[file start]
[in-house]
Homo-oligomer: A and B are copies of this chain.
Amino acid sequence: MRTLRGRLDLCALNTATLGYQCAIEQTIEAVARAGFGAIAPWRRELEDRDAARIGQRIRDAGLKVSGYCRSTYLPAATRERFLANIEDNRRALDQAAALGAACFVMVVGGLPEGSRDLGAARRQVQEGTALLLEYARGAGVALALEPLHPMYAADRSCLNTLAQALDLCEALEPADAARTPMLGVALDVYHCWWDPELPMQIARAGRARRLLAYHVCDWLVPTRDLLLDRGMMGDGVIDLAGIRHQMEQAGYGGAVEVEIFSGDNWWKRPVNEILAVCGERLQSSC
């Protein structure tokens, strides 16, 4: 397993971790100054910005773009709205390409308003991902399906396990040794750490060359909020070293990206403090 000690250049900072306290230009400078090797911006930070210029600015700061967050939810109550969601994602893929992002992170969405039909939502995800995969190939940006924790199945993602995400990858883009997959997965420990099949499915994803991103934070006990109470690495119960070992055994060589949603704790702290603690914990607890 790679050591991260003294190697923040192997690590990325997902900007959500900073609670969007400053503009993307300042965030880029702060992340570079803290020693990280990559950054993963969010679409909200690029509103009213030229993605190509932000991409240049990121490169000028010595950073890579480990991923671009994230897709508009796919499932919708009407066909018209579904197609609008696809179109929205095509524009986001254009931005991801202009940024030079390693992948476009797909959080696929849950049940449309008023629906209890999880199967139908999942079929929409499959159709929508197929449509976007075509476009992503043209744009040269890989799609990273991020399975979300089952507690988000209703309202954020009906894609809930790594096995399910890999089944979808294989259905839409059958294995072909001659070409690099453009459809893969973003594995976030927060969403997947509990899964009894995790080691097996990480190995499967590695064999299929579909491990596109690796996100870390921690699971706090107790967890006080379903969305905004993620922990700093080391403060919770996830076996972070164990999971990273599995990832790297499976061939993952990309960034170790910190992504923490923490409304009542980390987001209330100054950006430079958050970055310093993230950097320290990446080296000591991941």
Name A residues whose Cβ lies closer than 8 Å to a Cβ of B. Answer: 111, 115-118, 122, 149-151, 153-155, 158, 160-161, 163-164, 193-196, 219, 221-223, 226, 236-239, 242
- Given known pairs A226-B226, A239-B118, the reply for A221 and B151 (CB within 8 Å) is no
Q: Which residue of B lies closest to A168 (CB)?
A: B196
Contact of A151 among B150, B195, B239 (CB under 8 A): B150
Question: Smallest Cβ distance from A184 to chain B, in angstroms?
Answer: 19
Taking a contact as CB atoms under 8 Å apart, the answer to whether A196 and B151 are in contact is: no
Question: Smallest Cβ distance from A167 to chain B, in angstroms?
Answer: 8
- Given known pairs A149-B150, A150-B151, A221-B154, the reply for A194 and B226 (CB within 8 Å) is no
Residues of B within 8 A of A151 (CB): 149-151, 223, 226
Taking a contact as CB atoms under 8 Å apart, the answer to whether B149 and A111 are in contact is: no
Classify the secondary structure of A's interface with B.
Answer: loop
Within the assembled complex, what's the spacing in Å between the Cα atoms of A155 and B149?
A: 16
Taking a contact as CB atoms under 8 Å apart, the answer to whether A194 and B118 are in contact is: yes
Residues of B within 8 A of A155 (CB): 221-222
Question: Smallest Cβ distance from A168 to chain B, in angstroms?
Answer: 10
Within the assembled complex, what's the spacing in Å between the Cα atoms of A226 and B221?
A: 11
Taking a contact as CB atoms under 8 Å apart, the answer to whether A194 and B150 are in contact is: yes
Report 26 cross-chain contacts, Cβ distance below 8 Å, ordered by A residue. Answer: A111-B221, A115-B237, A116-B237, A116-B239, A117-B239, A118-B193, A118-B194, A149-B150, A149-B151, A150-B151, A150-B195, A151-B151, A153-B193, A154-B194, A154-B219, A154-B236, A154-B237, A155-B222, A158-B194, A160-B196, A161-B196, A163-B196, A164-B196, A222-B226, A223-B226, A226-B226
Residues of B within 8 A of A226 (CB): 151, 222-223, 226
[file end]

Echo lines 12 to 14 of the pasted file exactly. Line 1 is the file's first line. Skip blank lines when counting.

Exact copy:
Taking a contact as CB atoms under 8 Å apart, the answer to whether A196 and B151 are in contact is: no
Question: Smallest Cβ distance from A167 to chain B, in angstroms?
Answer: 8